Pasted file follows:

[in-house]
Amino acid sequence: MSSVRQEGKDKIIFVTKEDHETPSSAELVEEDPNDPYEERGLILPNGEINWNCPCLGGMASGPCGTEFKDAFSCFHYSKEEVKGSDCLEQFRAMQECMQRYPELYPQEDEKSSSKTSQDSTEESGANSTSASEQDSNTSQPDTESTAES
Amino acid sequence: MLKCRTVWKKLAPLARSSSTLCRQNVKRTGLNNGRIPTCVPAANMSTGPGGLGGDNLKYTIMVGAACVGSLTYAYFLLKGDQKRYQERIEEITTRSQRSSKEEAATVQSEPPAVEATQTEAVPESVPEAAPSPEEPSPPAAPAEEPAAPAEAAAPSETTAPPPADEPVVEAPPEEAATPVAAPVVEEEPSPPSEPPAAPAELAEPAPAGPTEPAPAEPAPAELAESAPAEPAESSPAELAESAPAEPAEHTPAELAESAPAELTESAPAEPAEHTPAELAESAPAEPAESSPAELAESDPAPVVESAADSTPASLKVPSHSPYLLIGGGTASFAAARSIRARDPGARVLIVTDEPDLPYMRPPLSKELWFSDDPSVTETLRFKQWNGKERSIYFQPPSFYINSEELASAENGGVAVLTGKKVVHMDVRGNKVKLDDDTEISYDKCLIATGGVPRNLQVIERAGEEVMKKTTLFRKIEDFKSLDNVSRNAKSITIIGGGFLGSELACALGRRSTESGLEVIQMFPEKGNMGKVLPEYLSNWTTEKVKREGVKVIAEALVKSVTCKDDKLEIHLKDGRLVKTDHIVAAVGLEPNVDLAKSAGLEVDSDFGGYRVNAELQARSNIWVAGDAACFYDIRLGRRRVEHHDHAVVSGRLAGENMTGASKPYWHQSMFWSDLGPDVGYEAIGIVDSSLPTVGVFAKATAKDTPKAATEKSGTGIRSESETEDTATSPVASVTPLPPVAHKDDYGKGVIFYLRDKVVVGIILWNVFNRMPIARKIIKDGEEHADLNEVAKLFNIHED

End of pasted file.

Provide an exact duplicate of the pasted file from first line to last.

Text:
[in-house]
Amino acid sequence: MSSVRQEGKDKIIFVTKEDHETPSSAELVEEDPNDPYEERGLILPNGEINWNCPCLGGMASGPCGTEFKDAFSCFHYSKEEVKGSDCLEQFRAMQECMQRYPELYPQEDEKSSSKTSQDSTEESGANSTSASEQDSNTSQPDTESTAES
Amino acid sequence: MLKCRTVWKKLAPLARSSSTLCRQNVKRTGLNNGRIPTCVPAANMSTGPGGLGGDNLKYTIMVGAACVGSLTYAYFLLKGDQKRYQERIEEITTRSQRSSKEEAATVQSEPPAVEATQTEAVPESVPEAAPSPEEPSPPAAPAEEPAAPAEAAAPSETTAPPPADEPVVEAPPEEAATPVAAPVVEEEPSPPSEPPAAPAELAEPAPAGPTEPAPAEPAPAELAESAPAEPAESSPAELAESAPAEPAEHTPAELAESAPAELTESAPAEPAEHTPAELAESAPAEPAESSPAELAESDPAPVVESAADSTPASLKVPSHSPYLLIGGGTASFAAARSIRARDPGARVLIVTDEPDLPYMRPPLSKELWFSDDPSVTETLRFKQWNGKERSIYFQPPSFYINSEELASAENGGVAVLTGKKVVHMDVRGNKVKLDDDTEISYDKCLIATGGVPRNLQVIERAGEEVMKKTTLFRKIEDFKSLDNVSRNAKSITIIGGGFLGSELACALGRRSTESGLEVIQMFPEKGNMGKVLPEYLSNWTTEKVKREGVKVIAEALVKSVTCKDDKLEIHLKDGRLVKTDHIVAAVGLEPNVDLAKSAGLEVDSDFGGYRVNAELQARSNIWVAGDAACFYDIRLGRRRVEHHDHAVVSGRLAGENMTGASKPYWHQSMFWSDLGPDVGYEAIGIVDSSLPTVGVFAKATAKDTPKAATEKSGTGIRSESETEDTATSPVASVTPLPPVAHKDDYGKGVIFYLRDKVVVGIILWNVFNRMPIARKIIKDGEEHADLNEVAKLFNIHED